• In my testing, this only worked when adding an extra square bracket to the statement like so: ereg_replace("[[:cntrl:]]", "", $pString); PHP 5.3.5. Nov 1 '11 at 14:31
  • As ereg_replace is removed in PHP 7.0, for PHP > 7.0 it should be: preg_replace("/[[:cntrl:]]/", "", $input);
    – wowpatrick
    Jul 13 at 9:08
5

To keep the control characters but make them compatible for JSON, I had to to

$str = preg_replace(
    array(
        '/\x00/', '/\x01/', '/\x02/', '/\x03/', '/\x04/',
        '/\x05/', '/\x06/', '/\x07/', '/\x08/', '/\x09/', '/\x0A/',
        '/\x0B/','/\x0C/','/\x0D/', '/\x0E/', '/\x0F/', '/\x10/', '/\x11/',
        '/\x12/','/\x13/','/\x14/','/\x15/', '/\x16/', '/\x17/', '/\x18/',
        '/\x19/','/\x1A/','/\x1B/','/\x1C/','/\x1D/', '/\x1E/', '/\x1F/'
    ), 
    array(
        "\u0000", "\u0001", "\u0002", "\u0003", "\u0004",
        "\u0005", "\u0006", "\u0007", "\u0008", "\u0009", "\u000A",
        "\u000B", "\u000C", "\u000D", "\u000E", "\u000F", "\u0010", "\u0011",
        "\u0012", "\u0013", "\u0014", "\u0015", "\u0016", "\u0017", "\u0018",
        "\u0019", "\u001A", "\u001B", "\u001C", "\u001D", "\u001E", "\u001F"
    ), 
    $str
);

(The JSON rules state: “All Unicode characters may be placed within the quotation marks except for the characters that must be escaped: quotation mark, reverse solidus, and the control characters (U+0000 through U+001F).”)

0
5

TLDR Answer

Use this Regex...

/[^\PCc^\PCn^\PCs]/u

Like this...

$text = preg_replace('/[^\PCc^\PCn^\PCs]/u', '', $text);

TLDR Explanation

  • ^\PCc : Do not match control characters.
  • ^\PCn : Do not match unassigned characters.
  • ^\PCs : Do not match UTF-8-invalid characters.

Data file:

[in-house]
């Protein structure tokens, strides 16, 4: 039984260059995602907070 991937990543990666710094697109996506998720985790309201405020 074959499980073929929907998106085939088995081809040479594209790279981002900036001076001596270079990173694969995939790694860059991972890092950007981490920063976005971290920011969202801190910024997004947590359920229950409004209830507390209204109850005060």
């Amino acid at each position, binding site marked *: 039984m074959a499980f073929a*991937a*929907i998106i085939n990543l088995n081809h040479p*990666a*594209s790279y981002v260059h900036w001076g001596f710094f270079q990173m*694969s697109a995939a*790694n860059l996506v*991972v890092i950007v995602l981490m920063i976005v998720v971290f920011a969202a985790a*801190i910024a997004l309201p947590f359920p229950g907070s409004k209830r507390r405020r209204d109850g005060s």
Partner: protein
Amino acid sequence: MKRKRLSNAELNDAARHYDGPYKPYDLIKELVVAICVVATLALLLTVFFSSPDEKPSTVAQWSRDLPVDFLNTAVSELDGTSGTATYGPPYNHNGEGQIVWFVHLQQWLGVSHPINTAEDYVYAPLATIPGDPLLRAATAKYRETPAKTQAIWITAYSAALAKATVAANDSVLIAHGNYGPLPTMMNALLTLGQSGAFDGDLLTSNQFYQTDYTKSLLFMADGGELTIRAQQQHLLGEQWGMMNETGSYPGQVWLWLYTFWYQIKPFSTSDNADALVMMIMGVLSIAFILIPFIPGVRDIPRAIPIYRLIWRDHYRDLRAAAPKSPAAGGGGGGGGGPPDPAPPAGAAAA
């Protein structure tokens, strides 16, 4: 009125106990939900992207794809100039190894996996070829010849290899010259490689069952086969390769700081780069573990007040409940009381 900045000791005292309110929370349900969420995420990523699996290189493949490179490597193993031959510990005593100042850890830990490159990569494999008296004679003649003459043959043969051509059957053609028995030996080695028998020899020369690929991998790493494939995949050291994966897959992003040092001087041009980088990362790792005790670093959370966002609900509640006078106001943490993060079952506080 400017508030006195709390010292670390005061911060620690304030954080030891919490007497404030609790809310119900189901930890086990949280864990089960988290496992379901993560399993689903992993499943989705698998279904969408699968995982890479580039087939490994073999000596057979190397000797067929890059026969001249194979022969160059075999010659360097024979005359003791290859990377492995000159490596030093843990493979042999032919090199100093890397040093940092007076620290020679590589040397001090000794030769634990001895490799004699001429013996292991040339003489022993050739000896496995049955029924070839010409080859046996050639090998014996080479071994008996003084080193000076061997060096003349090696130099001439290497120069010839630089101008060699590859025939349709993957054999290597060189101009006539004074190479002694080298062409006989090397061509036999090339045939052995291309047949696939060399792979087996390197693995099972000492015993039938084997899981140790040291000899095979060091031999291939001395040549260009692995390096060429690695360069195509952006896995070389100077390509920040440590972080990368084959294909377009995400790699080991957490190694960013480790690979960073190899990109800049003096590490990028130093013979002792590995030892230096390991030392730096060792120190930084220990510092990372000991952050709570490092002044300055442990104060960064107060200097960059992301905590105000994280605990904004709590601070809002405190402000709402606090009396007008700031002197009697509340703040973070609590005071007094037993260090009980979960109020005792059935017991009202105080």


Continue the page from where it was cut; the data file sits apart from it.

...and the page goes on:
Working Demo

Simple demo to demonstrate: IDEOne Demo

$text = "\u{0019}hello";
print($text . "\n\n");
$text = preg_replace('/[^\PCc^\PCn^\PCs]/u', '', $text);
print($text);

Output:

(-Broken-Character)hello
hello

Alternatives

  • ^\PC : Match only visible characters. Do not match any invisible characters.
  • ^\PCc : Match only non-control characters. Do not match any control characters.
  • ^\PCc^\PCn : Match only non-control characters that have been assigned. Do not match any control or unassigned characters.
  • ^\PCc^\PCn^\PCs : Match only non-control characters that have been assigned and are UTF-8 valid. Do not match any control, unassigned, or UTF-8-invalid characters.
  • ^\PCc^\PCn^\PCs^\PCf : Match only non-control, non-formatting characters that have been assigned and are UTF-8 valid. Do not match any control, unassigned, formatting, or UTF-8-invalid characters.

Source and Explanation

Take a look at the Unicode Character Properties available that can be used to test within a regex. You should be able to use these regexes in Microsoft .NET, JavaScript, Python, Java, PHP, Ruby, Perl, Golang, and even Adobe. Knowing Unicode character classes is very transferable knowledge, so I recommend using it!

This regex will match anything visible, given in both its short-hand and long-hand form...

\PL\PM\PN\PP\PS\PZ
\PLetter\PMark\PNumber\PPunctuation\PSymbol\PSeparator

Normally, \p indicates that it's something we want to match and we use \P (capitalized) to indicate something that does not match. But PHP doesn't have this functionality, so we need to use ^ in the regex to do a manual negation.

A simpler regex then would be ^\PC, but this might be too restrictive in deleting invisible formatting. You may want to look closely and see what's best, but one of the alternatives should fit your needs.

All Matchable Unicode Character Sets

If you want to know any other character sets available, check out regular-expressions.info...

  • \PL or \PLetter: any kind of letter from any language.
    • \PLl or \PLowercase_Letter: a lowercase letter that has an uppercase variant.
    • \PLu or \PUppercase_Letter: an uppercase letter that has a lowercase variant.
    • \PLt or \PTitlecase_Letter: a letter that appears at the start of a word when only the first letter of the word is capitalized.
    • \PL& or \PCased_Letter: a letter that exists in lowercase and uppercase variants (combination of Ll, Lu and Lt).